There recently went viral a clip from some adult cartoon wherein one character mouthed the oft-mentioned Martin Scorsese opinion that superhero films were ruining cinema, only to be rebutted with the argument that they were equivalent to modern myths. Removing form from this ever-recurring argument, if something truly separates Zack Snyder—who has dedicated most of his filmography to comic adaptations—from the average Marvel journeymen, it would be a genuine belief in superheroes as something greater than just post-9/11 escape. Judging by the amount of pain they go through, they’re subjects for a modern Passion Play.
This, paired with his stylistic tics, often risks mockery, and a decade-plus of activity would show they frequently receive it. But as a gift to those who’ve stuck with him through changing trends in the genre, the director’s vision gets its freest reign in this four-hour director’s cut, boldly titled Zack Snyder’s Justice League and thus asserting authorship under what’s become not so much a genre of cinema as it as an entire mode of production, corporately controlled and split over hundreds of FX artisans in post. And while still bearing a few unfortunate marks of industrial cinema (like almost all of The Flash’s painfully lame jokes from the studio-bungled theatrical cut being kept intact), this title is earned.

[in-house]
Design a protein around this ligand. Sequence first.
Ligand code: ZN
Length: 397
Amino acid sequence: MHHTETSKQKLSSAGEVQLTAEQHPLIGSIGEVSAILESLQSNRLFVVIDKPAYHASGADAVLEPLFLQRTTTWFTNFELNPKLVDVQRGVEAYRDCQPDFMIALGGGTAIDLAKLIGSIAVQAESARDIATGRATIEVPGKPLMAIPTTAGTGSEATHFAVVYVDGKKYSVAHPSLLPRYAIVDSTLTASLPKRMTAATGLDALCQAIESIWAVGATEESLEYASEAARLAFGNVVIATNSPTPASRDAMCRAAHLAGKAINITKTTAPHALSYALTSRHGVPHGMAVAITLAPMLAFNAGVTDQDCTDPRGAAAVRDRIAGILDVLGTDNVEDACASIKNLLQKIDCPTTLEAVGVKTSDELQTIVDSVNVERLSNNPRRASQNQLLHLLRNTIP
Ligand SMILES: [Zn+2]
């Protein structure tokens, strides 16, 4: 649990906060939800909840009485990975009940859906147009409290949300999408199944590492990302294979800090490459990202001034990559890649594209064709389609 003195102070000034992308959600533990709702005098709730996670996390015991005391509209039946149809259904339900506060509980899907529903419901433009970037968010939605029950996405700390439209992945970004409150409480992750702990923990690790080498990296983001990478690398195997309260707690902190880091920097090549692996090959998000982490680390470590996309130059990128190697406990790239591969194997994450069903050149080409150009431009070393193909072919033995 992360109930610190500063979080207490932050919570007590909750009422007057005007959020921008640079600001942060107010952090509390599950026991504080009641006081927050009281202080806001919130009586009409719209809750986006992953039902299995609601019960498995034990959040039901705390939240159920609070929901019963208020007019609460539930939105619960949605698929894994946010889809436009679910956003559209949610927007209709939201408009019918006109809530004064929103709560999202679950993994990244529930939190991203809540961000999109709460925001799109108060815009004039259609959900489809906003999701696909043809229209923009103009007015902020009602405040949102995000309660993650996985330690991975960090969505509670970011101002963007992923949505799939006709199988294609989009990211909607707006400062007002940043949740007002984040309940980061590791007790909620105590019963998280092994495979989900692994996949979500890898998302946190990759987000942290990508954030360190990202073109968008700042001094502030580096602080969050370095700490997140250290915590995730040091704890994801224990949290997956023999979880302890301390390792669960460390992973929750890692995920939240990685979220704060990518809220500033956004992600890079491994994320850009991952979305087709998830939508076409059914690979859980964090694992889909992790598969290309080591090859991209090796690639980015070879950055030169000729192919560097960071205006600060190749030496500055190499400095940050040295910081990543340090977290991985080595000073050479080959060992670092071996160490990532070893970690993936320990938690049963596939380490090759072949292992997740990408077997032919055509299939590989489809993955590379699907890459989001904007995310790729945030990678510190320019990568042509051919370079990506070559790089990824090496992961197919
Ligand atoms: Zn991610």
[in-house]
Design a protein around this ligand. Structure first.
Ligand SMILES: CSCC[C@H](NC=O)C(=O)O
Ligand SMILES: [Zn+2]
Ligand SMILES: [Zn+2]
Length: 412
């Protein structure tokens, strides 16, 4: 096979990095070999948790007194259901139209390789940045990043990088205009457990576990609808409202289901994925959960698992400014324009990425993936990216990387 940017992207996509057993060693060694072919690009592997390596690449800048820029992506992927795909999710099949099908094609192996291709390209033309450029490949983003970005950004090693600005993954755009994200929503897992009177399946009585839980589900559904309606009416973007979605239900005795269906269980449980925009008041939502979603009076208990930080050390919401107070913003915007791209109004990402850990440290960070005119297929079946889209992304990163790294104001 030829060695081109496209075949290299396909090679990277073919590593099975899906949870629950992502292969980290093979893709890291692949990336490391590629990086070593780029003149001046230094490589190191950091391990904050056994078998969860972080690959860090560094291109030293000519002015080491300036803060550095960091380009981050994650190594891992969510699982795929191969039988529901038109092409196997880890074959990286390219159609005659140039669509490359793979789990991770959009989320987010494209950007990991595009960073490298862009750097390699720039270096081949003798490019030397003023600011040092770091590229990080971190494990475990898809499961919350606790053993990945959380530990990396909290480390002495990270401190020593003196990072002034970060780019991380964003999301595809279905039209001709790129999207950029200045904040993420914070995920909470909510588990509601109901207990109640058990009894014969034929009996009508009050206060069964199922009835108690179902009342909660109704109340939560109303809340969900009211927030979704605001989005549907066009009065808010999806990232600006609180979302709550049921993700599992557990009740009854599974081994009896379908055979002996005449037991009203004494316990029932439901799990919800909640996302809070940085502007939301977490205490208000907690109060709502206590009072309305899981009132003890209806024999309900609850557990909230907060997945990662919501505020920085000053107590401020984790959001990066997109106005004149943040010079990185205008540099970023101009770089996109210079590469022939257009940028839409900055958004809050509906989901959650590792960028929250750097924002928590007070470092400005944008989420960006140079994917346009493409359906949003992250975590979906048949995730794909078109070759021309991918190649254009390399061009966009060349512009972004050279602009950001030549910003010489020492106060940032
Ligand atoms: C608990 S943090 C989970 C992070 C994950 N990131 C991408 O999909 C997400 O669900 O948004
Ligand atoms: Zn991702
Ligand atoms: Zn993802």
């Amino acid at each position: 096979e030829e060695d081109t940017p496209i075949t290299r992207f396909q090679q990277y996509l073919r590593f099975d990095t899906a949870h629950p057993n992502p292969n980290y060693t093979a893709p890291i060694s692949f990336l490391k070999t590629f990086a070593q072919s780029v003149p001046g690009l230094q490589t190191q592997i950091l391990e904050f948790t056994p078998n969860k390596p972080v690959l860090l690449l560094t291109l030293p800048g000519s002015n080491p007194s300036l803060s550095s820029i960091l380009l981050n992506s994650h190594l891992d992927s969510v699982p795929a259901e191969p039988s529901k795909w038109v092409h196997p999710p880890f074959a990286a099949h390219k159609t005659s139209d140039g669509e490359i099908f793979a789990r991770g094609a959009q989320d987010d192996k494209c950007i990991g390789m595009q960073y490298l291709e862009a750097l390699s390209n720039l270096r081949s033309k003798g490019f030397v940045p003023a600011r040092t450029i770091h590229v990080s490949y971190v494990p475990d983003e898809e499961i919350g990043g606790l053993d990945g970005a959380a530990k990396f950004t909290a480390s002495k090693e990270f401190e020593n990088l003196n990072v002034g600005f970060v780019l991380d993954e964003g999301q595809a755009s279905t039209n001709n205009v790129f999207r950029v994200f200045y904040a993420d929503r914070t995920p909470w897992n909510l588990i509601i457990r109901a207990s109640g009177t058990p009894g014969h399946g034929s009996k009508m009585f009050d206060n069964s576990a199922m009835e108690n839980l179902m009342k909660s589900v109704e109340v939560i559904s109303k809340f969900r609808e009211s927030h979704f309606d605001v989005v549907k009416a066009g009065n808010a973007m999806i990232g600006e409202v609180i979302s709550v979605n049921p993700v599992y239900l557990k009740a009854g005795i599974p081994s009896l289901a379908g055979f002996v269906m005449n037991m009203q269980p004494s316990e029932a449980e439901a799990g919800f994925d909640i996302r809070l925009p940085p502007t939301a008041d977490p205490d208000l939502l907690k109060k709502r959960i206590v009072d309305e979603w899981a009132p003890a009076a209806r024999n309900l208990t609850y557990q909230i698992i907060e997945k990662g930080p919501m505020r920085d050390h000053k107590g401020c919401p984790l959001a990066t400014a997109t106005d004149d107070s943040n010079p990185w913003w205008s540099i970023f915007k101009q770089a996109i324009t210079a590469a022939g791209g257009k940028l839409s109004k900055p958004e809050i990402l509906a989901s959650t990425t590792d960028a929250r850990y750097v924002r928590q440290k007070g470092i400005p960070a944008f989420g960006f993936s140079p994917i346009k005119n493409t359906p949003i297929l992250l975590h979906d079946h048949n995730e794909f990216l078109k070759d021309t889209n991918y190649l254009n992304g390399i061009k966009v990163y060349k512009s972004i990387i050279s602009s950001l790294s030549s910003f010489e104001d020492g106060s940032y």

With the length of a biblical epic and chapter breaks of a Lars von Trier drama, this reconstructed cut wears portent on its sleeve. Case in point being the demise of Superman, rendered as another one of Snyder’s striking opening credits sequences as his death cry reverberates through the entire galaxy, awakening its various superbeings and thus acting like a spiritual call to arms. So, yes: your mileage will vary depending on your ability to swallow the climactic battle from Batman vs. Superman: Dawn of Justice—where Superman dies at the hands of a CG monstrosity resembling Koopa Troopa from Super Mario Brothers: The Movie—being depicted as a transcendent moment of Christ-like sacrifice.
It’s easy to imagine the film he was demanded to bring in by the suits, i.e. something “hopeful”—that old, vague corporate lingo used to cover up when a blockbuster is actually just happy being a piece of shit. When relishing in one tableaux of apocalyptic nightmares after the other in his Justice League, it’s no stretch to say Snyder’s comfort doesn’t lie in the poptimist calling. After all, a universe without Superman is a hopeless one, and the breathing room afforded by the very extended runtime helps give a sense of its characters (the Old Gods, as they’re often called by the film’s villain) adrift in a reality on the brink of collapse.